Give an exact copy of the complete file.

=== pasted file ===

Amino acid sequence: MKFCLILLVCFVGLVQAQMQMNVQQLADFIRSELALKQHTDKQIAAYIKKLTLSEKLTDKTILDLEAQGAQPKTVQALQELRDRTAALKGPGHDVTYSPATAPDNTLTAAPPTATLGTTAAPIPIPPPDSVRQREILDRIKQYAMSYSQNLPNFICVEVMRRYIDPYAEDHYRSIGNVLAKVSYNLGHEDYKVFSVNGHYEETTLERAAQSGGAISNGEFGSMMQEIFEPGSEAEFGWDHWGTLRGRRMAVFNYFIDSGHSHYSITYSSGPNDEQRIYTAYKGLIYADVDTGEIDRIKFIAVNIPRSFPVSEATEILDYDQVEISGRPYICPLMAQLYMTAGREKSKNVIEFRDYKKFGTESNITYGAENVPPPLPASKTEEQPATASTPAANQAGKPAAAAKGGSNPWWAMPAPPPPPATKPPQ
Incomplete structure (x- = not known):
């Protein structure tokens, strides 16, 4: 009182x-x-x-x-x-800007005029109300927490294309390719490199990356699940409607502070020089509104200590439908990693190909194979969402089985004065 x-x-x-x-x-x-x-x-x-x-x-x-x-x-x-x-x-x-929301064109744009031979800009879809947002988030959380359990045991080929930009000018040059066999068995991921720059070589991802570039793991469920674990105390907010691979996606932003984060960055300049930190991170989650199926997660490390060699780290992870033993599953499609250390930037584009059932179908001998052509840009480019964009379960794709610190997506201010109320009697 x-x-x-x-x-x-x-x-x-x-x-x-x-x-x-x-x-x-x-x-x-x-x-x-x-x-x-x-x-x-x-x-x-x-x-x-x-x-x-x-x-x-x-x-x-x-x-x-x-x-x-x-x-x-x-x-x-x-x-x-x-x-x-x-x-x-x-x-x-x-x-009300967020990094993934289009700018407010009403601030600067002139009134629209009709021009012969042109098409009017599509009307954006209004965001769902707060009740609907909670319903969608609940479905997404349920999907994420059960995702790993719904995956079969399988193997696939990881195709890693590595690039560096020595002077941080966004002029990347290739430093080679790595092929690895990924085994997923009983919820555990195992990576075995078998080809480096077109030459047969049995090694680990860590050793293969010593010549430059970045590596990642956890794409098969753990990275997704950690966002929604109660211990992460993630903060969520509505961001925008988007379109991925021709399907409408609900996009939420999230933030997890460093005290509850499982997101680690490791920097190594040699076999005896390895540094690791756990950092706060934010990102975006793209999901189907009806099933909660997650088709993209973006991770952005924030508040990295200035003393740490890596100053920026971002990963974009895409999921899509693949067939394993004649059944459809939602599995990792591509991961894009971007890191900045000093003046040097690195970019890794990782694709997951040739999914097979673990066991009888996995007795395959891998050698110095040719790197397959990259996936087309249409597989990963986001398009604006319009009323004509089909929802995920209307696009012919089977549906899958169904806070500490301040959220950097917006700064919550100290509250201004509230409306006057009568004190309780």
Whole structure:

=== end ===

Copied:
Amino acid sequence: MKFCLILLVCFVGLVQAQMQMNVQQLADFIRSELALKQHTDKQIAAYIKKLTLSEKLTDKTILDLEAQGAQPKTVQALQELRDRTAALKGPGHDVTYSPATAPDNTLTAAPPTATLGTTAAPIPIPPPDSVRQREILDRIKQYAMSYSQNLPNFICVEVMRRYIDPYAEDHYRSIGNVLAKVSYNLGHEDYKVFSVNGHYEETTLERAAQSGGAISNGEFGSMMQEIFEPGSEAEFGWDHWGTLRGRRMAVFNYFIDSGHSHYSITYSSGPNDEQRIYTAYKGLIYADVDTGEIDRIKFIAVNIPRSFPVSEATEILDYDQVEISGRPYICPLMAQLYMTAGREKSKNVIEFRDYKKFGTESNITYGAENVPPPLPASKTEEQPATASTPAANQAGKPAAAAKGGSNPWWAMPAPPPPPATKPPQ
Incomplete structure (x- = not known):
């Protein structure tokens, strides 16, 4: 009182x-x-x-x-x-800007005029109300927490294309390719490199990356699940409607502070020089509104200590439908990693190909194979969402089985004065 x-x-x-x-x-x-x-x-x-x-x-x-x-x-x-x-x-x-929301064109744009031979800009879809947002988030959380359990045991080929930009000018040059066999068995991921720059070589991802570039793991469920674990105390907010691979996606932003984060960055300049930190991170989650199926997660490390060699780290992870033993599953499609250390930037584009059932179908001998052509840009480019964009379960794709610190997506201010109320009697 x-x-x-x-x-x-x-x-x-x-x-x-x-x-x-x-x-x-x-x-x-x-x-x-x-x-x-x-x-x-x-x-x-x-x-x-x-x-x-x-x-x-x-x-x-x-x-x-x-x-x-x-x-x-x-x-x-x-x-x-x-x-x-x-x-x-x-x-x-x-x-009300967020990094993934289009700018407010009403601030600067002139009134629209009709021009012969042109098409009017599509009307954006209004965001769902707060009740609907909670319903969608609940479905997404349920999907994420059960995702790993719904995956079969399988193997696939990881195709890693590595690039560096020595002077941080966004002029990347290739430093080679790595092929690895990924085994997923009983919820555990195992990576075995078998080809480096077109030459047969049995090694680990860590050793293969010593010549430059970045590596990642956890794409098969753990990275997704950690966002929604109660211990992460993630903060969520509505961001925008988007379109991925021709399907409408609900996009939420999230933030997890460093005290509850499982997101680690490791920097190594040699076999005896390895540094690791756990950092706060934010990102975006793209999901189907009806099933909660997650088709993209973006991770952005924030508040990295200035003393740490890596100053920026971002990963974009895409999921899509693949067939394993004649059944459809939602599995990792591509991961894009971007890191900045000093003046040097690195970019890794990782694709997951040739999914097979673990066991009888996995007795395959891998050698110095040719790197397959990259996936087309249409597989990963986001398009604006319009009323004509089909929802995920209307696009012919089977549906899958169904806070500490301040959220950097917006700064919550100290509250201004509230409306006057009568004190309780």
Whole structure: